Granular detail: glucose syrup
Its manufacturing process was invented in 1811. Has it evolved?View blog post
Glucose Syrup 42DE
Transparent, viscous syrup with a sweet taste and neutral colour. Stabilises bakery and pharmaceutical products while adding volume and a chewy texture to confectionary sweets.
Glucose Syrup 63DE
Sweeter than 42DE due to its higher sugar value, reducing the water activity and making the syrup less viscous. This increases preserving qualities and provides greater body and mouth feel, especially in beverages.
Glucose syrup is primarily used in confectionary and beverages, where its high glucose content acts as a sweetener. For confectionary, the syrup’s high viscosity also adds volume and chewiness to sweets.
It is also used as a humectant, helping products stay moist while extending their shelf life. In baked goods, glucose syrup is used to stabilise products, and in the pharmaceutical industry, it tends to be used to inhibit crystallisation.
Glucose syrup has a light, sweet taste.
Crystallisation (12 months); microbiology (12 months)
Bulk tankers, intermediate bulk containers (IBCs) and 25kg pails.
|Description||Approx. (on sample)|
|Higher sugars||Typical 59%|
Glucose syrup is refined through hydrolysis of the starch in maize or wheat, either through acid hydrolysis or enzyme hydrolysis. Doing so produces a concentrated solution with a high glucose content. This is measured by the syrup’s Dextrose Equivalent (DE). The higher the DE, the sweeter and less viscous the syrup. Ragus offers 42DE and 63DE glucose syrup to suit applications that require different sweetness values and viscosities.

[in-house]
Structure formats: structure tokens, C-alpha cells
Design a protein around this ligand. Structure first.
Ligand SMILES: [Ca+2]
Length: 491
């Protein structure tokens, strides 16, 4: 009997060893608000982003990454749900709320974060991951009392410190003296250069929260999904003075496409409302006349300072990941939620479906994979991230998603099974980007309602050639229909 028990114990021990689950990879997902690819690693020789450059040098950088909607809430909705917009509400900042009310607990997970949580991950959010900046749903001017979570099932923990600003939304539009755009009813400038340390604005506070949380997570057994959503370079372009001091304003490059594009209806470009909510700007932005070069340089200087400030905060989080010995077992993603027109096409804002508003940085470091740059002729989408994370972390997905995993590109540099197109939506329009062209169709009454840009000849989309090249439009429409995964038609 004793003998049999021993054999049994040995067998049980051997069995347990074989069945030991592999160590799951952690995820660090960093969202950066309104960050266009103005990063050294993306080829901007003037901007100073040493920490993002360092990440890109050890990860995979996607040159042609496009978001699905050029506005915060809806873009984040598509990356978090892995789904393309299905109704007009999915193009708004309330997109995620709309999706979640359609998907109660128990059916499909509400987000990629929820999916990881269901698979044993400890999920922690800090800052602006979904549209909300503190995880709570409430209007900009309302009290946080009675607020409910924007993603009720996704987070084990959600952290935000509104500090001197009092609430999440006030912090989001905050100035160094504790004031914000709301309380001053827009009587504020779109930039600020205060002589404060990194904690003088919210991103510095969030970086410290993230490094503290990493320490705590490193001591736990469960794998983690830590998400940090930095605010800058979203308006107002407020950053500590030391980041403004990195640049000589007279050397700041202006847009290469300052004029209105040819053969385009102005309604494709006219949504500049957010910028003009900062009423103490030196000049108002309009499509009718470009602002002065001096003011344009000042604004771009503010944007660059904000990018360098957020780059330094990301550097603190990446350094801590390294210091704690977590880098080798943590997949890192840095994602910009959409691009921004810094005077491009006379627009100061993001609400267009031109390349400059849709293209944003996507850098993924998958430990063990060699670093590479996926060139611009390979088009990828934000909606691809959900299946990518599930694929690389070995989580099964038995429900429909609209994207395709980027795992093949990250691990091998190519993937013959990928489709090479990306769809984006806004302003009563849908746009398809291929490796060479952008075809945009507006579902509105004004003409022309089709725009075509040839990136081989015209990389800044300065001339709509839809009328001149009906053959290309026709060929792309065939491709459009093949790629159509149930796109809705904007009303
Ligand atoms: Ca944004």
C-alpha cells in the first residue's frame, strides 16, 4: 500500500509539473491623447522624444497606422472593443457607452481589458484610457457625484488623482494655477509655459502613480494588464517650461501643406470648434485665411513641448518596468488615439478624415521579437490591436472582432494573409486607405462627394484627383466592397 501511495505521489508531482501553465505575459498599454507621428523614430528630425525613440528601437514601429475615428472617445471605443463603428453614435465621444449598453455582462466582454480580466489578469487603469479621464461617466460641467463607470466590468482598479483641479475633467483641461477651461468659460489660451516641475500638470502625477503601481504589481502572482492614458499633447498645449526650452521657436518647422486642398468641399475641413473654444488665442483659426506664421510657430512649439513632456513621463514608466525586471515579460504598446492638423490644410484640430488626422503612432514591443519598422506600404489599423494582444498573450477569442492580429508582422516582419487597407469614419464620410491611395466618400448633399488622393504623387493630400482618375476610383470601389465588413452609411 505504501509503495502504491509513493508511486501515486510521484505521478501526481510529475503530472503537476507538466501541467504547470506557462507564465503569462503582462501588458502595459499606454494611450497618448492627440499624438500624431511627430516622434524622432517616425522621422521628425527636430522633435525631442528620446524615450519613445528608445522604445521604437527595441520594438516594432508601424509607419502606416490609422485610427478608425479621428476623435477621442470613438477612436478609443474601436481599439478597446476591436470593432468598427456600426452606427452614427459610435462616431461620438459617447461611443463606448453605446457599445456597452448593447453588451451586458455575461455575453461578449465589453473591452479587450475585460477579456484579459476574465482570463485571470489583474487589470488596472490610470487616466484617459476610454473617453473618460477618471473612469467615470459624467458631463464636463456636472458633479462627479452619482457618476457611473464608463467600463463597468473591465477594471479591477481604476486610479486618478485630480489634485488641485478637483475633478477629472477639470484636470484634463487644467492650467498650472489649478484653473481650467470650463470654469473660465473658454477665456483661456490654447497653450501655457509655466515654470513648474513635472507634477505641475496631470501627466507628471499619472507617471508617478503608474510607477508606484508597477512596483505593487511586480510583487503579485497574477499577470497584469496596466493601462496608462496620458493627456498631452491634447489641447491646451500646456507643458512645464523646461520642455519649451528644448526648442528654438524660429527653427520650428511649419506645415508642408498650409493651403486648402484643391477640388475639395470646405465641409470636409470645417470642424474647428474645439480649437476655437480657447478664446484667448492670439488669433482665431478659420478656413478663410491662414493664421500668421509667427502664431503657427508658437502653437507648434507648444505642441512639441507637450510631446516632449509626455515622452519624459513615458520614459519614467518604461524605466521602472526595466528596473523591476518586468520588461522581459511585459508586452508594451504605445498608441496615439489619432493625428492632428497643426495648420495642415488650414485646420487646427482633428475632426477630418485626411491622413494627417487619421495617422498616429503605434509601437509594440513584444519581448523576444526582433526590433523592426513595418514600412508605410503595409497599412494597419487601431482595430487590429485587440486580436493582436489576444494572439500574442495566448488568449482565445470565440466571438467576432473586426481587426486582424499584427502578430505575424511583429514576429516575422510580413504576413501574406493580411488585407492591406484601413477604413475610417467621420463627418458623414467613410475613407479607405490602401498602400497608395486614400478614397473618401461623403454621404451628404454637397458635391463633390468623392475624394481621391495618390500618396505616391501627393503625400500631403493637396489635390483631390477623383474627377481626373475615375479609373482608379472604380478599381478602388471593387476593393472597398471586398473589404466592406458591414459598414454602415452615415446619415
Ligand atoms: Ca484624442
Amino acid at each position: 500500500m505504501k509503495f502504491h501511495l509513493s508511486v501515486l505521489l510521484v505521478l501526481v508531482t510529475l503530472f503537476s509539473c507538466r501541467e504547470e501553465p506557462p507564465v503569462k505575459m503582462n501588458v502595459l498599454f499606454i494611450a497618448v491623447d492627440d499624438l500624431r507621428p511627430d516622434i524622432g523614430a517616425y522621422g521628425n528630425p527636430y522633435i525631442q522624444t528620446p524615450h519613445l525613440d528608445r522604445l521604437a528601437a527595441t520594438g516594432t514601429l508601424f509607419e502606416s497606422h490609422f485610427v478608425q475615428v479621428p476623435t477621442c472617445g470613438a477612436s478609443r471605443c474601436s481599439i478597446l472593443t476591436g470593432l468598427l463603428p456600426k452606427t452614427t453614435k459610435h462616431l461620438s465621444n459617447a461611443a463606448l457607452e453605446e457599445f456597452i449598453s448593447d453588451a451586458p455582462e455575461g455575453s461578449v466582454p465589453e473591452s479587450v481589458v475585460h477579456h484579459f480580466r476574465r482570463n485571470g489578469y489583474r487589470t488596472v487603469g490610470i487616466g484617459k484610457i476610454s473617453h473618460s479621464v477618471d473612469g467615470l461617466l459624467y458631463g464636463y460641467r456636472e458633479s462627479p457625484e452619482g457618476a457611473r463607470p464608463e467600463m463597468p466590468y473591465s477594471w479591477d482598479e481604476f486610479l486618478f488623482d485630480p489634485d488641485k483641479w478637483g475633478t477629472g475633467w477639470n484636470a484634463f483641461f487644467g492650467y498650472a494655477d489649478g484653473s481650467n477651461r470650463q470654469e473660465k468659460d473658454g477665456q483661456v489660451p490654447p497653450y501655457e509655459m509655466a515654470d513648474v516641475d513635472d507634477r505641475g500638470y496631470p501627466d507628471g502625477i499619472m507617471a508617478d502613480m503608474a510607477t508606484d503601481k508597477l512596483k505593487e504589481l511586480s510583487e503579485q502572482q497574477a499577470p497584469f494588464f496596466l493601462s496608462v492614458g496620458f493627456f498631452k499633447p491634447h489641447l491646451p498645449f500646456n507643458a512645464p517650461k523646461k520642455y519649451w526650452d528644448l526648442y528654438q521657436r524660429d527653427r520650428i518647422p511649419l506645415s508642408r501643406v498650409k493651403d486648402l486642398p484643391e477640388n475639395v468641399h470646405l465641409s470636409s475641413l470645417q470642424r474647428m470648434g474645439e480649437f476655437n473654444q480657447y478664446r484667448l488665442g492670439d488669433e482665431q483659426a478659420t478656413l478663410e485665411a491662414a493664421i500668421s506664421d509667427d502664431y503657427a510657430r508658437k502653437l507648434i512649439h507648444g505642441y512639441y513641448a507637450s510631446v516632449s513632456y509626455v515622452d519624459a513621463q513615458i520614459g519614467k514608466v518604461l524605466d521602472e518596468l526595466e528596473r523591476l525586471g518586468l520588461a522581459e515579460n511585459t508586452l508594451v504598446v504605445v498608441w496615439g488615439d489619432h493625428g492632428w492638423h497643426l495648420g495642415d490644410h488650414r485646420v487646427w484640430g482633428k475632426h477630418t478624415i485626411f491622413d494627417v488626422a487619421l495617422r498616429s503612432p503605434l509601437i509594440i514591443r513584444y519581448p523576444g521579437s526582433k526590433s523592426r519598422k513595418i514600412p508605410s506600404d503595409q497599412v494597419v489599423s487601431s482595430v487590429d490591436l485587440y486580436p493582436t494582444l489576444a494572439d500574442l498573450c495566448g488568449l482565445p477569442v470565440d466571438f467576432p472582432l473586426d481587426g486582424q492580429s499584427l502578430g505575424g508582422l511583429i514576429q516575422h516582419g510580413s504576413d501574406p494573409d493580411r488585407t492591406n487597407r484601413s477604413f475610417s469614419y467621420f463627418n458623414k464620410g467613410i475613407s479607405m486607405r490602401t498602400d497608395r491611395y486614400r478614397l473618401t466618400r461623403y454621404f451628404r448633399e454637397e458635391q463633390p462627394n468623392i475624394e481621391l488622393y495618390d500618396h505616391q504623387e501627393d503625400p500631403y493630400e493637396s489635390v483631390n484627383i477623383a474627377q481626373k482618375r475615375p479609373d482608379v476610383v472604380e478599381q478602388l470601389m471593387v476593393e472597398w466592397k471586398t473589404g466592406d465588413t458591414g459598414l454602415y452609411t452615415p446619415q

Glucose refiners typically use the acid hydrolysis method. First the starch is extracted, ground and soaked to hydrate, then mixed with sulphur dioxide and water. The mixture is heated under pressure and the acid acts as a catalyst to speed up the reaction. This converts the starch and acid into a solution of dextrose, maltose, and higher saccharides.
From here, the dilute syrup is passed through a filtration, ion exchange and deodorisation process to remove any remaining impurities, leaving it with a clear colour and enhancing its stability. Next the dilute syrup is evaporated under vacuum to raise its concentration, before being passed through a 150-micron filter and packaged.
All our sugar syrup production adopts BRC standard procedures including HACCP and undergoes a process of temperature/time, filtration, and final stage 150-micron filter prior to packing.